Architecture and Music

Ever since in Greek antiquity the Pythagorean philosophers linked music with a classification system based on number theory, musical composition - in the form of a theory of harmony - has also been bound to architectural design - in the form of a theory of proportion.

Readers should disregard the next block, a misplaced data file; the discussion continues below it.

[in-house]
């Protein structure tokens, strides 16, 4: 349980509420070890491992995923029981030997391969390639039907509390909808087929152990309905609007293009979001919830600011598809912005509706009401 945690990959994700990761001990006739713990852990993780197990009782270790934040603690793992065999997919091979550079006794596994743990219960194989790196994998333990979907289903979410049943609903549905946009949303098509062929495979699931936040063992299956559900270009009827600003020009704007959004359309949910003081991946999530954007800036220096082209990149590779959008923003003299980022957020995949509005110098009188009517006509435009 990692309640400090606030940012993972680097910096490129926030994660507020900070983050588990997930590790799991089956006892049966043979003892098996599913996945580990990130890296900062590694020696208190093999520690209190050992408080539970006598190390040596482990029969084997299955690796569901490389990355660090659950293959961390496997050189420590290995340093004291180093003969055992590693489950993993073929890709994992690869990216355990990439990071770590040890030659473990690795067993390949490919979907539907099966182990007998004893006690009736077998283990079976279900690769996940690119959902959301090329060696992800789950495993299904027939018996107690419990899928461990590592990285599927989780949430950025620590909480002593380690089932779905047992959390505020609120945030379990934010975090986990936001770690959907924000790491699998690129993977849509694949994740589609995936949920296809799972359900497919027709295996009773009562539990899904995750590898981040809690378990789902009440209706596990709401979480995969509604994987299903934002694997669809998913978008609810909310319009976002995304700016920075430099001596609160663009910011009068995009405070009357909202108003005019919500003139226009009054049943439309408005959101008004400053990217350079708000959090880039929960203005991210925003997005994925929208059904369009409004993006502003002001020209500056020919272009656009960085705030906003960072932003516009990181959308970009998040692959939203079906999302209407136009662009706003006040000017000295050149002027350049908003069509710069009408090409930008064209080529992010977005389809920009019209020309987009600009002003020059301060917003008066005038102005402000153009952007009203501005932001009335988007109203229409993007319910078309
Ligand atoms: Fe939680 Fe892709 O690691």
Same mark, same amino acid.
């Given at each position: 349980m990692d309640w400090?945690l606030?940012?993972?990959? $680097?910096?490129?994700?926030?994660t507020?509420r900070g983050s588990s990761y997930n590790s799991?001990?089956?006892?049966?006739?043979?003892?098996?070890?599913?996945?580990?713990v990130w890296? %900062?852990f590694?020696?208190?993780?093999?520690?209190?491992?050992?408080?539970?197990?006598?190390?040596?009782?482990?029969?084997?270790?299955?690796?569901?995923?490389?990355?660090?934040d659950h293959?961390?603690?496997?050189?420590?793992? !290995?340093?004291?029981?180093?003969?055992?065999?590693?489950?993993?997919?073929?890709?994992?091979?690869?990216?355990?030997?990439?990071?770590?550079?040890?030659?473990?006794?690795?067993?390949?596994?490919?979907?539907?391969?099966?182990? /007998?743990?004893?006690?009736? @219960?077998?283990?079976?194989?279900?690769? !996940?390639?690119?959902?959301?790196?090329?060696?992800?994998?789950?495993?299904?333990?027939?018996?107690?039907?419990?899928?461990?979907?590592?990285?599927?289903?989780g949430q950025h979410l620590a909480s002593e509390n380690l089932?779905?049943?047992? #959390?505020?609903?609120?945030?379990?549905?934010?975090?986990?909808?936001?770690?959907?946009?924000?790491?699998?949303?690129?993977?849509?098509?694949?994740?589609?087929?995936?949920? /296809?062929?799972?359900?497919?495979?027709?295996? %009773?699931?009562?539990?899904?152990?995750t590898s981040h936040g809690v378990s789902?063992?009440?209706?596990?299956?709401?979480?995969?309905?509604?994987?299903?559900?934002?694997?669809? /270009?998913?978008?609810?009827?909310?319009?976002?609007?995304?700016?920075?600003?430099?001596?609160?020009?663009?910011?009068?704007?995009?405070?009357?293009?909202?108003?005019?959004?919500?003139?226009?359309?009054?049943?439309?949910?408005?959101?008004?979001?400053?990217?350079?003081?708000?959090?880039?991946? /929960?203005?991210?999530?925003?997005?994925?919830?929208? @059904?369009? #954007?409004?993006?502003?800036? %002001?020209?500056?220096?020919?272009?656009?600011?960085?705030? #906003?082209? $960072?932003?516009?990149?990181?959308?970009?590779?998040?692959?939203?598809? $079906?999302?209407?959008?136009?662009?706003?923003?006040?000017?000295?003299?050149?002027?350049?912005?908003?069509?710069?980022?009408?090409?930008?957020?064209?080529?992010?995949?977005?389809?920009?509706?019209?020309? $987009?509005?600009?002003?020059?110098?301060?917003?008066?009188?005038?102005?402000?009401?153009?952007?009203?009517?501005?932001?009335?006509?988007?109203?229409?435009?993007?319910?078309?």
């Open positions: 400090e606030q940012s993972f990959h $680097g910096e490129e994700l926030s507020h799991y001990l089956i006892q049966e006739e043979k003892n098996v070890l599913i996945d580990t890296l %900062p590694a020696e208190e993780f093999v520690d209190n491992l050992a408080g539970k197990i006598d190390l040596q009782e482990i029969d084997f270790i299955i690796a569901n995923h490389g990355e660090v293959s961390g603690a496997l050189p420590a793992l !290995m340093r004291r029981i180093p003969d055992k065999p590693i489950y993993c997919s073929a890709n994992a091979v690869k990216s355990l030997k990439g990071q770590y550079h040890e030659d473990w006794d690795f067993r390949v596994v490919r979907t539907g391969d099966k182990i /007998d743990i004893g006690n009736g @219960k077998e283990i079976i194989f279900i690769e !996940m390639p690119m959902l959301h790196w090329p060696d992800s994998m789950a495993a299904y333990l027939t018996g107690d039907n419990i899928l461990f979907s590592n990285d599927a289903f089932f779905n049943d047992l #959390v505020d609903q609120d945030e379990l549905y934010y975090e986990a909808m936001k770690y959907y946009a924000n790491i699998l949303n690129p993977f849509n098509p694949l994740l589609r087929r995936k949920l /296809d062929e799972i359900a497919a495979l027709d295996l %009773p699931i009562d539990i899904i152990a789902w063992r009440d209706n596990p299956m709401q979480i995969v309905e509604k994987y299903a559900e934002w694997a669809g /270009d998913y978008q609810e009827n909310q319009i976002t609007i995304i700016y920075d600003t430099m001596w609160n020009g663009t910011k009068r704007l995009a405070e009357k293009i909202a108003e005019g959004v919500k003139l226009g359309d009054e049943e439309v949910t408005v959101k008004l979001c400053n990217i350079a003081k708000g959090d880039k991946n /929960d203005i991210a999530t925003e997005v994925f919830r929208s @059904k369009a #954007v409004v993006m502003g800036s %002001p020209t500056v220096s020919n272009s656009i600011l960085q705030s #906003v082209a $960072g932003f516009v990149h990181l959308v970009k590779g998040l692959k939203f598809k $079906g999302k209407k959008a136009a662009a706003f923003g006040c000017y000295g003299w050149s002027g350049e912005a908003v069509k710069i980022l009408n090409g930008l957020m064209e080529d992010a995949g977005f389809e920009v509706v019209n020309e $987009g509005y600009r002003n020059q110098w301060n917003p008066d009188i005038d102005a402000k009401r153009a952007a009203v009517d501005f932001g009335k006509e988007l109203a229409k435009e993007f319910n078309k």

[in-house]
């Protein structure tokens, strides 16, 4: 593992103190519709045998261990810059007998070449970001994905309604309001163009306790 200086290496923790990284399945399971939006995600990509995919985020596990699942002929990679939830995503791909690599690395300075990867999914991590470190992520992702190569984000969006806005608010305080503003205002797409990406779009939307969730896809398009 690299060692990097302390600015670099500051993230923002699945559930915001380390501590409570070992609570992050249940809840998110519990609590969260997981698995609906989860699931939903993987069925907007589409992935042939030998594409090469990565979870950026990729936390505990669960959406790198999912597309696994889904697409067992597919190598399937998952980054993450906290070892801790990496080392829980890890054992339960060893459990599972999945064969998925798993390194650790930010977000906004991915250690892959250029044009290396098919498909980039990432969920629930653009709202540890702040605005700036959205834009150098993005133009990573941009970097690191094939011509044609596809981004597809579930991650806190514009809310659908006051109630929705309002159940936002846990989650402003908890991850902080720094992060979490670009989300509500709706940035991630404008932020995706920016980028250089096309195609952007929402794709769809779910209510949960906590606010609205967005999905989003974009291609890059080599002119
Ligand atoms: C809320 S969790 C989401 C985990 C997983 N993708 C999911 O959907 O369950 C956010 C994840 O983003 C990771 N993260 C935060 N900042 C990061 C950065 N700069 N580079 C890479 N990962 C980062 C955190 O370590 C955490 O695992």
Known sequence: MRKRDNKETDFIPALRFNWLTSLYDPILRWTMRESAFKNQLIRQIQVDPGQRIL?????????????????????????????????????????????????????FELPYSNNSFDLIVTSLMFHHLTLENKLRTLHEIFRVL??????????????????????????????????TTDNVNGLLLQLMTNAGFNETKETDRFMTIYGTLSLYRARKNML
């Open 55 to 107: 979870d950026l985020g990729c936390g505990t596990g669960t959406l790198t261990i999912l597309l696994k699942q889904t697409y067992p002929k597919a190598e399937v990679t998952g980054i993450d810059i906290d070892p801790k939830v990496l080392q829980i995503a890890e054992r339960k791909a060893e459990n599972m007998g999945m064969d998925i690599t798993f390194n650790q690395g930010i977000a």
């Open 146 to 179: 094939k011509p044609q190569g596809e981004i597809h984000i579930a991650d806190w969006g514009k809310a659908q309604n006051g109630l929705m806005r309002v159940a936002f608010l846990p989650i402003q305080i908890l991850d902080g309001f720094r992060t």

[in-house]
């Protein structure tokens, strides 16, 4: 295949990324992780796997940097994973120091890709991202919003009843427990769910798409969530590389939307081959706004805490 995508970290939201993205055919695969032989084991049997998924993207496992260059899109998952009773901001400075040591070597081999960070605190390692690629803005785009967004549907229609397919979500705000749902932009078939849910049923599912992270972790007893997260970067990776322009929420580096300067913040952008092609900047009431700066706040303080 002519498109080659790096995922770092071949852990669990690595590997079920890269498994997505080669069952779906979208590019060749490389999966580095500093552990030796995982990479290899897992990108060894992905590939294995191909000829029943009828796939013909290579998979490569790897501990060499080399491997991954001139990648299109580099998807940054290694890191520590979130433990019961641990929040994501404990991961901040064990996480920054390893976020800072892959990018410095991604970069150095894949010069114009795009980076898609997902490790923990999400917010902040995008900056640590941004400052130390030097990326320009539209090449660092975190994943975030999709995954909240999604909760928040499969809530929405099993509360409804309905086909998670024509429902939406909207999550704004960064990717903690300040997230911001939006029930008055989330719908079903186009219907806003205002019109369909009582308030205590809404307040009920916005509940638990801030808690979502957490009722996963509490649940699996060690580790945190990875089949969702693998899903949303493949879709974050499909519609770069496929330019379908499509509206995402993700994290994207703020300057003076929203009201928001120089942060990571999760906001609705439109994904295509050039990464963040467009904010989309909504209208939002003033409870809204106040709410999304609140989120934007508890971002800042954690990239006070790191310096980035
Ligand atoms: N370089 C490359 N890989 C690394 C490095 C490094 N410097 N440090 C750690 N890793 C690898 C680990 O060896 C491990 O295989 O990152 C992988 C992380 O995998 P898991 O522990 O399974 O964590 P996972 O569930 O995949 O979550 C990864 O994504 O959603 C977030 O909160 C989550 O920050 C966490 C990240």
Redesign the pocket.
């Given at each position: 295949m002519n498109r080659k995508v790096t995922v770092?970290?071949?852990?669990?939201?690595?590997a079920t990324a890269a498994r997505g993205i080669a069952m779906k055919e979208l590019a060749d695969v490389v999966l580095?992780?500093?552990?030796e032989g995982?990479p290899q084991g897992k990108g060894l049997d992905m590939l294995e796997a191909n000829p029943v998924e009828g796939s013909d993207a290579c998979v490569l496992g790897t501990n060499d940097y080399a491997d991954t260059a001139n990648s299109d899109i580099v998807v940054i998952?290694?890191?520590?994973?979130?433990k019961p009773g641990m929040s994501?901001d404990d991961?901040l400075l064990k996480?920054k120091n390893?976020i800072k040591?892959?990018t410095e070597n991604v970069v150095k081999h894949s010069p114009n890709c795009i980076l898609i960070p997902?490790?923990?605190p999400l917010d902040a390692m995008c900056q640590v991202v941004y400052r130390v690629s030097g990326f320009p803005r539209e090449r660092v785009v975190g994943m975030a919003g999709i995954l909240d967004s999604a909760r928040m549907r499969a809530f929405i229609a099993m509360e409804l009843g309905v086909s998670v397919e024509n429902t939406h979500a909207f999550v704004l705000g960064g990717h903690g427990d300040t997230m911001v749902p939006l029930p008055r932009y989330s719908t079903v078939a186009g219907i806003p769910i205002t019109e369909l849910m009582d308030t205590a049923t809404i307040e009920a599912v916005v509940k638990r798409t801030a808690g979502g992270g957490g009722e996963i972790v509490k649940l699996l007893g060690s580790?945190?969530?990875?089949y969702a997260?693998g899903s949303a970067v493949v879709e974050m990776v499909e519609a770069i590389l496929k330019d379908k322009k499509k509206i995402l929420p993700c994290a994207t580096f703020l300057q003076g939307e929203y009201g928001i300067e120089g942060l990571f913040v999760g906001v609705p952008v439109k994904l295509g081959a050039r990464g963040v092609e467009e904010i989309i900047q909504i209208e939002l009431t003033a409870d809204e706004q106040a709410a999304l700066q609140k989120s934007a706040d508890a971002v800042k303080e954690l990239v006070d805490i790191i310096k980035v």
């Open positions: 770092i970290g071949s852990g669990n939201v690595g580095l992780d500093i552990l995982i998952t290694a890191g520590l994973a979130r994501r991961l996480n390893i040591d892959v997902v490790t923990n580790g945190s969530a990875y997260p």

For centuries, the shared basis in number theory remained the constituting esthetic principle for musical composition and architectural design. The analogies between the beauty or equilibrium of a building or space, and musical harmony and euphony were elaborated in particular in the Renaissance. The affinity of music to architecture ultimately became a dictum with the Romantic thesis that architecture is petrified or frozen music. It was not until the twentieth century that the objective basis of music and architecture in number theory was relativized and finally suspended. New, shared esthetic attitudes took the place of a universal concept of harmony - such as, for example, machine esthetics, the synthesis of the arts, or utilitarianism, which bespeak direct connections between musical composition and architectural construction. In the second half of the twentieth century, the interface between architecture and music became increasingly extended by the aspects of sounding urban space and landscape in terms of a sound architecture.